- How others can use NFTs for activism
- Future visions for NFT utility
- Advice for projects in the space
ICYMI: On last week’s episode, Jacquelyn interviewed Jake Chervinsky, the chief policy officer at Blockchain Association, a nonprofit organization focused on promoting “pro-innovation” policy for the digital asset world. He is also a board member of the DeFi education fund and advisor for a web3 seed stage fund Variant.
Prior to his work with the Blockchain association, Chervinsky began his attorney career in private practice with a focus on anti-money laundering and anti-corruption compliance and investigations, financial services litigation and government enforcement defense. He spends a lot of time in DC, testifying at hearings to help provide clarity on the crypto industry in hopes to guide it in the right direction.
We talked about all things regulation, from how Chervinsky views the current regulatory landscape to whether or not we’re in a “crackdown” era, as people call it.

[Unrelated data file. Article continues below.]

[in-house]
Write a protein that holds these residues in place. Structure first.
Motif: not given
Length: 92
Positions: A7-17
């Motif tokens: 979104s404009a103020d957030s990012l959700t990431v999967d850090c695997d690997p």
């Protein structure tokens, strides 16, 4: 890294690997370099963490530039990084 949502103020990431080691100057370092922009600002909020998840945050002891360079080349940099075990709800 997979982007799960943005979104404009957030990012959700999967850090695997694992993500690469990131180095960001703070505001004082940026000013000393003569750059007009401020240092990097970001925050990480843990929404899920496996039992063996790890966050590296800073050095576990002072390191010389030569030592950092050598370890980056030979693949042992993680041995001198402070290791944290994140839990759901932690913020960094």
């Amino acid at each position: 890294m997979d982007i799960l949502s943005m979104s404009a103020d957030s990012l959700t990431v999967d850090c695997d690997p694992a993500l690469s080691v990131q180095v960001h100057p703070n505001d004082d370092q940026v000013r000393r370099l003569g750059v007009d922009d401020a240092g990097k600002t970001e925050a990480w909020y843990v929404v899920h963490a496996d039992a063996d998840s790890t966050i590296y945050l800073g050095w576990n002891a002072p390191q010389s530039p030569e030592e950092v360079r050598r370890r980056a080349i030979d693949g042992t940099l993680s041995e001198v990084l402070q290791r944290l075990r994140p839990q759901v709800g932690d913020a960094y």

We also discussed:
- Regulators’ views changing
- American crypto companies
- Are cryptocurrencies commodities or securities
- Stablecoin legislation
- Future legal frameworks and guidelines
Follow the money
- Crypto media platform Blockworks raised $12 million at a $135 million valuation
- Decentralized crypto wallet provider Odsy Network raised $7.5 million
- Webb Protocol raised $7 million to expand cross-chain privacy
- Multichain NFT ecosystem-focused Artifact Labs raised $3.25 million
- Siphon Lab, a DeFi platform on Sui Network, raised $1.2 million in a seed round
This list was compiled with information from Messari as well as TechCrunch’s own reporting.